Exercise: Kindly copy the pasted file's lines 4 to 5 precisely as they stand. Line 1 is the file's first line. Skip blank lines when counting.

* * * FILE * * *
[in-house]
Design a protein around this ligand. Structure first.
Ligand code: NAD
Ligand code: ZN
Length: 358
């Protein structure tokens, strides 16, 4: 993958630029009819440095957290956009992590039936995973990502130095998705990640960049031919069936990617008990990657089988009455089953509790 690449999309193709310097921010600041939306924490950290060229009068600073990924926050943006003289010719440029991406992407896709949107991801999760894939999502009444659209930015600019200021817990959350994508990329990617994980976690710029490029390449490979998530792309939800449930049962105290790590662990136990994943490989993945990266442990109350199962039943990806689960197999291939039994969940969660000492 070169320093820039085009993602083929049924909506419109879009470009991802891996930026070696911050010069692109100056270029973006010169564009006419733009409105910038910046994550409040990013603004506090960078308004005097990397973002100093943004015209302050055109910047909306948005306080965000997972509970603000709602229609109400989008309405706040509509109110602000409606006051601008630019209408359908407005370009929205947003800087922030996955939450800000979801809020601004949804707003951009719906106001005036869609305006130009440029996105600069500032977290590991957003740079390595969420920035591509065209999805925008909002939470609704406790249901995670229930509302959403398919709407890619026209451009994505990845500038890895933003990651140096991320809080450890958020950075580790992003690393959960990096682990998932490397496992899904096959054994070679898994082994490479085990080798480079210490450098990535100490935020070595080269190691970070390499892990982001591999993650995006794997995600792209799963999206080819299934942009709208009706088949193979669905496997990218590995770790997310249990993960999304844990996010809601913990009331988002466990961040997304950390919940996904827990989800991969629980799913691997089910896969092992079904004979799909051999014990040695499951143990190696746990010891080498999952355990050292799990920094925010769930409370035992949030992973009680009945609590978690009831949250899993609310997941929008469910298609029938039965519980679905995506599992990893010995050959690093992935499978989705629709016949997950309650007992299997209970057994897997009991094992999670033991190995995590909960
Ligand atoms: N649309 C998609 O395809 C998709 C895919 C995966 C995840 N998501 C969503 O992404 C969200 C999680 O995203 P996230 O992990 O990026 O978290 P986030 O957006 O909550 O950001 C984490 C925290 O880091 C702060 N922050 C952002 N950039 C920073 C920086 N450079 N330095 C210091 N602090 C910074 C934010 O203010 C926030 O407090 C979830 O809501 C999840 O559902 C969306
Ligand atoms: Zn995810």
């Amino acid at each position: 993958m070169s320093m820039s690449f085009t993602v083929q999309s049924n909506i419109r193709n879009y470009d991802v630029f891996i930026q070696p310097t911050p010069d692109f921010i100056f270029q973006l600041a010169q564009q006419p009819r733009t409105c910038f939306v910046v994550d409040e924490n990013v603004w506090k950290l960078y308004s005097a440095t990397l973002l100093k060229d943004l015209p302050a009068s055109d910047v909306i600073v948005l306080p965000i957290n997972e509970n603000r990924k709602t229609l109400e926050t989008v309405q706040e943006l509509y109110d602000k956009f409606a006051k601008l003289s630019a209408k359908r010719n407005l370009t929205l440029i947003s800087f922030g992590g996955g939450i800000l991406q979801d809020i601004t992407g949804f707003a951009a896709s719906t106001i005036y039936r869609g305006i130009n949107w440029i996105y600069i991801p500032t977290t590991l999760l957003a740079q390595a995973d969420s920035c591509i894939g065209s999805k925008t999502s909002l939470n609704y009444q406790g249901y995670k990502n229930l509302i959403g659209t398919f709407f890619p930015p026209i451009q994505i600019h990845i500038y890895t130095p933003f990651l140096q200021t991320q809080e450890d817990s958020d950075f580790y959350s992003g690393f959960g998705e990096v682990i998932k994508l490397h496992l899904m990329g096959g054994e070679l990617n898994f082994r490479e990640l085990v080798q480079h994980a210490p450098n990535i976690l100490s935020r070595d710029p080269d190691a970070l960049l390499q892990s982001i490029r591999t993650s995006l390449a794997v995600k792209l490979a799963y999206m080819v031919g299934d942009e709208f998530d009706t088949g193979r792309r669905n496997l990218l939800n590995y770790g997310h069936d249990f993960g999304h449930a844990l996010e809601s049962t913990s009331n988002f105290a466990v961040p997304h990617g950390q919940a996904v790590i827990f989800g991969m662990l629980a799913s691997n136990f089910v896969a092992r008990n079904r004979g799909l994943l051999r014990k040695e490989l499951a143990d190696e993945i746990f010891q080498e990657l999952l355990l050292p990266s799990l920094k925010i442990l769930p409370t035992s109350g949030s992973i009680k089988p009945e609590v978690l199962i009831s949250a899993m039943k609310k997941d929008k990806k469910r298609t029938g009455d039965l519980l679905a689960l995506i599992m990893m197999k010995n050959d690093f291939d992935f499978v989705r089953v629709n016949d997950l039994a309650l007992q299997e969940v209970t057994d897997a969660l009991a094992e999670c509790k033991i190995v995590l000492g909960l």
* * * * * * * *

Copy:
Ligand code: ZN
Length: 358